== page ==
Amazon continues to wind up under the scrutiny of regulators worldwide. The online behemoth now faces renewed complaints in India.
Reuters reports that the All India Online Vendors Association charges Amazon with favoring some sellers over others, thus tilting the balance against the group’s members while giving the favored companies an unfair advantage. The sellers said, in a legal finding, that the U.S.-based retail giant is driving independent vendors out of business by giving online discounts to companies it favors.
The sellers association alleges that Amazon India’s wholesale arm buys goods in bulk from manufacturers and then sells them at a loss to sellers such as Cloudtail. Such favored sellers are then able to hawk these goods on Amazon’s marketplace — at a big discount.
Reuters reported that the association’s filing this month said that “this anti-competitive arrangement ... is causing foreclosure of competition by driving independent sellers out of the market.”
Amazon has run into various regulatory challenges in India, where it has committed $6.5 billion in investments.
The Competition Commission of India (CCI) is already investigating Amazon and rival Flipkart, owned by Walmart. In that case, Amazon is defending itself from charges it violates competition law with its discounting practices.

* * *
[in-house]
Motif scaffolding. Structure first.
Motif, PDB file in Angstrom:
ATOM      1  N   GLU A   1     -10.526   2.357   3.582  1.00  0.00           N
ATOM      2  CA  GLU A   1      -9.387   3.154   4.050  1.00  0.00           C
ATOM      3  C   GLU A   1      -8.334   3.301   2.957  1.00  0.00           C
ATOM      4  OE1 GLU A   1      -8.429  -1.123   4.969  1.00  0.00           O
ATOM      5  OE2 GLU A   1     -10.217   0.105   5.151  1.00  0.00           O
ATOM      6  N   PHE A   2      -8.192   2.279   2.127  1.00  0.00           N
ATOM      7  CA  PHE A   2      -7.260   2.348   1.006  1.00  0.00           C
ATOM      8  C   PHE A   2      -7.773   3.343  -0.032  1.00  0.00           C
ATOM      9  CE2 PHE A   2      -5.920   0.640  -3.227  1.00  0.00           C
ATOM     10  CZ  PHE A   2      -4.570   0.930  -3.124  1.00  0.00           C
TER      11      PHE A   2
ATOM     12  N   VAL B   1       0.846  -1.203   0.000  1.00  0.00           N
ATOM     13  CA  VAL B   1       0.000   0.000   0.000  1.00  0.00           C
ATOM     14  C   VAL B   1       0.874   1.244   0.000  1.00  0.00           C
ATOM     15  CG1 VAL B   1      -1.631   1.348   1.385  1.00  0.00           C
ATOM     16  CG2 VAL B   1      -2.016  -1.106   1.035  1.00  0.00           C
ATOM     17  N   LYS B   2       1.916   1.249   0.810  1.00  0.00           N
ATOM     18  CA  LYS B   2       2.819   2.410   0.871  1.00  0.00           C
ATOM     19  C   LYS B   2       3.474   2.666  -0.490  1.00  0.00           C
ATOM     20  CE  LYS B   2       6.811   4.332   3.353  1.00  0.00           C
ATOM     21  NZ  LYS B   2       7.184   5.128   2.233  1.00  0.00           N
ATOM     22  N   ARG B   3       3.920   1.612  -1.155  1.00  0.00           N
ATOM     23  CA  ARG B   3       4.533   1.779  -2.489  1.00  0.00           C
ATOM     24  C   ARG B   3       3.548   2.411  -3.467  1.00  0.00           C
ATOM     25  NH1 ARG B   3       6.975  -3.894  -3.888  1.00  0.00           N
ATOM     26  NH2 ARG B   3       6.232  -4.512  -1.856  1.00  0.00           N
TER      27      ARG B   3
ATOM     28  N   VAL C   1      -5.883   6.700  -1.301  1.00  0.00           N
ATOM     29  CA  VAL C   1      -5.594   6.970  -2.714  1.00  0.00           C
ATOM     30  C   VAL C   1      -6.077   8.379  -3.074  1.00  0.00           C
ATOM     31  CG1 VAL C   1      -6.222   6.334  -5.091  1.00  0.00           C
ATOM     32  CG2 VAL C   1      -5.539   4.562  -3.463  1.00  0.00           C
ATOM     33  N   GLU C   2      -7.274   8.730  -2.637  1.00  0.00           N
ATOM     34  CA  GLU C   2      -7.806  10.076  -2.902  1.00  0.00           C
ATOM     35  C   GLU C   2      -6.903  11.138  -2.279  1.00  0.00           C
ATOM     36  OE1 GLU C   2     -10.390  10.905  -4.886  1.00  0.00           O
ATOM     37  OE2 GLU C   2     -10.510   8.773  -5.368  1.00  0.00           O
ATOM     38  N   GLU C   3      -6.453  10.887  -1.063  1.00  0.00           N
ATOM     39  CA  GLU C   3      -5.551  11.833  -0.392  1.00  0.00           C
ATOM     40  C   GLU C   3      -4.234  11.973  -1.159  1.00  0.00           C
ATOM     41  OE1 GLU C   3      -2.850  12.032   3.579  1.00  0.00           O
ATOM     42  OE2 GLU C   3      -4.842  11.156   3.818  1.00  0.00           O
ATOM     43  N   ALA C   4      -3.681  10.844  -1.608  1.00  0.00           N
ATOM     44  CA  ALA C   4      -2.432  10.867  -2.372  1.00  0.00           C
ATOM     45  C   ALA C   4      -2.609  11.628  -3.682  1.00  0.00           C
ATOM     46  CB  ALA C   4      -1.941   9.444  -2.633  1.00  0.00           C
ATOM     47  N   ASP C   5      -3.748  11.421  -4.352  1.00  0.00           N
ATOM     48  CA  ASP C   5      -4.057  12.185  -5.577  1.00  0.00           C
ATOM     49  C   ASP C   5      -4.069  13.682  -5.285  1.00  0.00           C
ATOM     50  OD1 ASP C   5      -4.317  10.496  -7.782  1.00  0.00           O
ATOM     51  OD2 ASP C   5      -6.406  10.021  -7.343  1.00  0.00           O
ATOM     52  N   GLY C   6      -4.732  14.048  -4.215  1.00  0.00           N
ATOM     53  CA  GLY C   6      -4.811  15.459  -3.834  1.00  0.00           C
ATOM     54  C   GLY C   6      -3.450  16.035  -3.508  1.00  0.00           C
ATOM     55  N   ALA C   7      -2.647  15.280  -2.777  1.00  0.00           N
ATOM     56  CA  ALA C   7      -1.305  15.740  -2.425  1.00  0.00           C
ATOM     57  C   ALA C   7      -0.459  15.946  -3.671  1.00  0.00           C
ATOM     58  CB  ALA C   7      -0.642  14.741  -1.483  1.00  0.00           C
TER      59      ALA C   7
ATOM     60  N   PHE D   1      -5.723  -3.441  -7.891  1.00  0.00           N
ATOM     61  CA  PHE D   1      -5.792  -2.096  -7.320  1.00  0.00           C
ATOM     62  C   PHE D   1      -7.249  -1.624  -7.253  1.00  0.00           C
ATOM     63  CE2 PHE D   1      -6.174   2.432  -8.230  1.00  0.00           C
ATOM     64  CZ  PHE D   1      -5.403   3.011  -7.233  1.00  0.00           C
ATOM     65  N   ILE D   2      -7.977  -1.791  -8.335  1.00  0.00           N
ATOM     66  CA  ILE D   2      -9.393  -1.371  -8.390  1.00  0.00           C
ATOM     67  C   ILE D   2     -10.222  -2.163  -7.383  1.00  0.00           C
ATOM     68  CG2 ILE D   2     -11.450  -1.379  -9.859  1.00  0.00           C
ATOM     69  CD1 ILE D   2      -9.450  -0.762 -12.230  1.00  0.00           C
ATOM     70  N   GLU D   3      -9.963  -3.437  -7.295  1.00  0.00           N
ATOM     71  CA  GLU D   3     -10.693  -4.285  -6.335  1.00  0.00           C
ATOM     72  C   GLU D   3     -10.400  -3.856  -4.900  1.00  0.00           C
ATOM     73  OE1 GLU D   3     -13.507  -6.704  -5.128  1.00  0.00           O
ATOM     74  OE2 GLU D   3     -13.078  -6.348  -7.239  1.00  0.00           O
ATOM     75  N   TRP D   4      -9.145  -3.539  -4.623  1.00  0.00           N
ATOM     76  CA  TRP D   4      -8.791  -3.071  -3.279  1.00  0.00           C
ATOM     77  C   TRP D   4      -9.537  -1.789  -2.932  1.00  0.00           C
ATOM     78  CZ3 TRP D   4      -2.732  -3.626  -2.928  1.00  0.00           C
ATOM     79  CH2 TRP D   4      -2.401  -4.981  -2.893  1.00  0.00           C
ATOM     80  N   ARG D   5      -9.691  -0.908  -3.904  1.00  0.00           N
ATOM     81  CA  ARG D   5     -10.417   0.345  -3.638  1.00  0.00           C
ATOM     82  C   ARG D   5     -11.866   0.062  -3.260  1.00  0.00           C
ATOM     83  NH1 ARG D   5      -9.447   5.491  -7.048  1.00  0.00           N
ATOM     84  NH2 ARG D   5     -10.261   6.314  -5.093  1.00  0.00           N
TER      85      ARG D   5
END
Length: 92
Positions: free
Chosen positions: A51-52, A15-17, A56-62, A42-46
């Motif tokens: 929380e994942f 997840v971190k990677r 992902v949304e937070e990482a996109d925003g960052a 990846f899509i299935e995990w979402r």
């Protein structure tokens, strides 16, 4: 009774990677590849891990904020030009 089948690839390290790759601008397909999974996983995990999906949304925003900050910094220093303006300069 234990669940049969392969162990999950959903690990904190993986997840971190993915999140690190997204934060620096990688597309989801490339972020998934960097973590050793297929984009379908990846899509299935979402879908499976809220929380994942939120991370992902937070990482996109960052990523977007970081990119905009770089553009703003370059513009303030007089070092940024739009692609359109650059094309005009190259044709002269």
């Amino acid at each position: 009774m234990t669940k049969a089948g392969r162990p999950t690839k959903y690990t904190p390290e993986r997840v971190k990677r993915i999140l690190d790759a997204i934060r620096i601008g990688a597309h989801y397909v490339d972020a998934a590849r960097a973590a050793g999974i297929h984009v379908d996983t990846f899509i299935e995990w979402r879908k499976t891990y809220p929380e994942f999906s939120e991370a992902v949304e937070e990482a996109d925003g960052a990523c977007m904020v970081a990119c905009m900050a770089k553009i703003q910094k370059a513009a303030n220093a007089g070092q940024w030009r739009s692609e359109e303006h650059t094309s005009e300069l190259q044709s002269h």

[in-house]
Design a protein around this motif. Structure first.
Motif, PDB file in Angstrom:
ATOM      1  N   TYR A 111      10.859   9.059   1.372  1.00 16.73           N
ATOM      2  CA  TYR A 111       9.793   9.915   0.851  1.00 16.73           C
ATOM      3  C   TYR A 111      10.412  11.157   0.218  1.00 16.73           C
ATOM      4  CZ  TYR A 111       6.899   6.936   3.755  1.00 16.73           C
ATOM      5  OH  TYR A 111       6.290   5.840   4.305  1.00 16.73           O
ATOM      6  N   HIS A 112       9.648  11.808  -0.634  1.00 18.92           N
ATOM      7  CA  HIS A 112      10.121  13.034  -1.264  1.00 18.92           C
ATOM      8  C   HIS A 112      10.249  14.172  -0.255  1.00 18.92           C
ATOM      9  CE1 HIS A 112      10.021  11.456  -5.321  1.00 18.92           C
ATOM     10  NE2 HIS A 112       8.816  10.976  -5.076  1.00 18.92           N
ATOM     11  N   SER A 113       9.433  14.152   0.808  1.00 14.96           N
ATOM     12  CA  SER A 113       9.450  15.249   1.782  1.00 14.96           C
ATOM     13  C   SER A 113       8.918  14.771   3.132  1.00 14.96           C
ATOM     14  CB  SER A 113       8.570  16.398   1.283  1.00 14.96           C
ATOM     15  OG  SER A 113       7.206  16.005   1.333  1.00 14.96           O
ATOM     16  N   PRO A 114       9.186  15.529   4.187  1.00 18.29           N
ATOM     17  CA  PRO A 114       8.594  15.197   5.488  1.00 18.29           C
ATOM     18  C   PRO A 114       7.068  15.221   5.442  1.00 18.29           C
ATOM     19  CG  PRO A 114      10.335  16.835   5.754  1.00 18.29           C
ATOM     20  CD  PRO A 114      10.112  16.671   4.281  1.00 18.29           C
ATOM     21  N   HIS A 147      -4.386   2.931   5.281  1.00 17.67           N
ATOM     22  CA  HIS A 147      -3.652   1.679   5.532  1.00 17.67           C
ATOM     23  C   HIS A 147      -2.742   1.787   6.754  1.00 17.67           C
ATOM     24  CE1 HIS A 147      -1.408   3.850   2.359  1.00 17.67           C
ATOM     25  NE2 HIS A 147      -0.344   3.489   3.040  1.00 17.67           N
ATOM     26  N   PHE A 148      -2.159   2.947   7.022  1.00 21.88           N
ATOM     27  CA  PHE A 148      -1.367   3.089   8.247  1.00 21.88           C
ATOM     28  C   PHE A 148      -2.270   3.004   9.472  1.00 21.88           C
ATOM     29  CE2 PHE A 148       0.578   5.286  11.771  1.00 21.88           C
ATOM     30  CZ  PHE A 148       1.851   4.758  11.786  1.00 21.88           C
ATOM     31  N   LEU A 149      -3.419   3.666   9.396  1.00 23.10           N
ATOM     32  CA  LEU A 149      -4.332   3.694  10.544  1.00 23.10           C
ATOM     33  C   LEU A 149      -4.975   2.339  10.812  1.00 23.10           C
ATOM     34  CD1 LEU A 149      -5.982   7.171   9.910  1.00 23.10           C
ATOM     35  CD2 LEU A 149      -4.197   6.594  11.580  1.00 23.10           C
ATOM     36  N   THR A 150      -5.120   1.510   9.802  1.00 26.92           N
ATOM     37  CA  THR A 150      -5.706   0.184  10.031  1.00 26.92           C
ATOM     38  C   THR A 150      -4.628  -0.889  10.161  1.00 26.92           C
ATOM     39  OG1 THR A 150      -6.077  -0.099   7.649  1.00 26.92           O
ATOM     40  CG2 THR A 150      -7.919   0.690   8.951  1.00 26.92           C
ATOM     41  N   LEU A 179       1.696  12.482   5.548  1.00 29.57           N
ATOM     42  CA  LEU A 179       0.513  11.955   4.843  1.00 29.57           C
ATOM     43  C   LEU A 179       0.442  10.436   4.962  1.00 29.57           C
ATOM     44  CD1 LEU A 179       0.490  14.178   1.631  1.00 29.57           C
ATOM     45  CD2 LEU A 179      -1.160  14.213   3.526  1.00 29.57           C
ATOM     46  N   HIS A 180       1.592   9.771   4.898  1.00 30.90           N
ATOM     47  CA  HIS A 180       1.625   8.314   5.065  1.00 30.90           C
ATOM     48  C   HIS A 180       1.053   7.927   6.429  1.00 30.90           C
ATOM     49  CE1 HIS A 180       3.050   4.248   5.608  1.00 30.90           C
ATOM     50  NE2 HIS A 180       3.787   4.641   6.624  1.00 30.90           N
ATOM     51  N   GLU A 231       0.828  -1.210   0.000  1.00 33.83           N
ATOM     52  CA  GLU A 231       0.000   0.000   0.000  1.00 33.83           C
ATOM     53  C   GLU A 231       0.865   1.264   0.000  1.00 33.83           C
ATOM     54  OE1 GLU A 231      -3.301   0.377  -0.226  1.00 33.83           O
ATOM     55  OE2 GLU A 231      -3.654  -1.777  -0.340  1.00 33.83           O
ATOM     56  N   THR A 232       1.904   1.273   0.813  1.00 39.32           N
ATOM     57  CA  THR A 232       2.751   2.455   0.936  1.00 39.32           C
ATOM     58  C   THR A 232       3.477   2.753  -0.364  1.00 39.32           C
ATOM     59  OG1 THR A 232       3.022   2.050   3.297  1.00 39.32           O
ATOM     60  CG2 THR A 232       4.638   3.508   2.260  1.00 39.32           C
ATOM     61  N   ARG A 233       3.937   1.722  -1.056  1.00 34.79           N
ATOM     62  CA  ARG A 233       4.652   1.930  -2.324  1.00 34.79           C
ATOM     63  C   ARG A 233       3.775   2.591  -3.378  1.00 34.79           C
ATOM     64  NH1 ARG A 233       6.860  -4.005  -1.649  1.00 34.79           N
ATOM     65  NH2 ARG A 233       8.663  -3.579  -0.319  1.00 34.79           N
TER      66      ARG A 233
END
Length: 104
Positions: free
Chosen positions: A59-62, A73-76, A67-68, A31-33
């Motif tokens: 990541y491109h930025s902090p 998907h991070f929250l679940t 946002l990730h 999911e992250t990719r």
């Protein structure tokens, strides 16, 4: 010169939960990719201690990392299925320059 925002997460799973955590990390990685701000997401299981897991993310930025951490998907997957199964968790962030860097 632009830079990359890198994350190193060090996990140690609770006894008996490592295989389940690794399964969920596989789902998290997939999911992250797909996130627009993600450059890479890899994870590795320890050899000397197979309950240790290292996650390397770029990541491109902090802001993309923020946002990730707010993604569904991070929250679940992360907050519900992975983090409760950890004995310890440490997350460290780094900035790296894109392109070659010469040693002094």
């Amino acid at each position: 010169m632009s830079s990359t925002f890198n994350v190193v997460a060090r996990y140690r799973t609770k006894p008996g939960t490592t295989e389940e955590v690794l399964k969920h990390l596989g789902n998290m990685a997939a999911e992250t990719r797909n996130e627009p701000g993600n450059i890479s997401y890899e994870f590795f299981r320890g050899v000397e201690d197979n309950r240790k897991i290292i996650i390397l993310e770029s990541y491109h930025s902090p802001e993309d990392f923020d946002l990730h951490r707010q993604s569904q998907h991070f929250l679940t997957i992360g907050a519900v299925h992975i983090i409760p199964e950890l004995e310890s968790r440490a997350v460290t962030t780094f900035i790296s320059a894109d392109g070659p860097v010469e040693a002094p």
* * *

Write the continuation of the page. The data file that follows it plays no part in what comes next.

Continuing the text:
In 2018, the same Indian vendors association made similar allegations — and filed an antitrust complaint with the CCI. The complaint argued that Amazon was favoring merchants that it partly owns, such as Cloudtail and Appario.
“There should not be any preferential treatment,” Chanakya Basa, a lawyer for the group at that time, said. More than 2,000 sellers belong to the group.
Amazon denied the claims. “Amazon has an equal relationship with all the sellers on our marketplace,” Amazon India spokeswoman Bhumika Shah said at the time. She added that that the company is “absolutely committed” to compliance with local laws.
Amazon and other Big Tech companies have faced increasing scrutiny over antitrust issues in the U.S. Last month, the CEOs of Amazon, Apple, Facebook and Google's parent, Alphabet, testified before Congress about their business practices.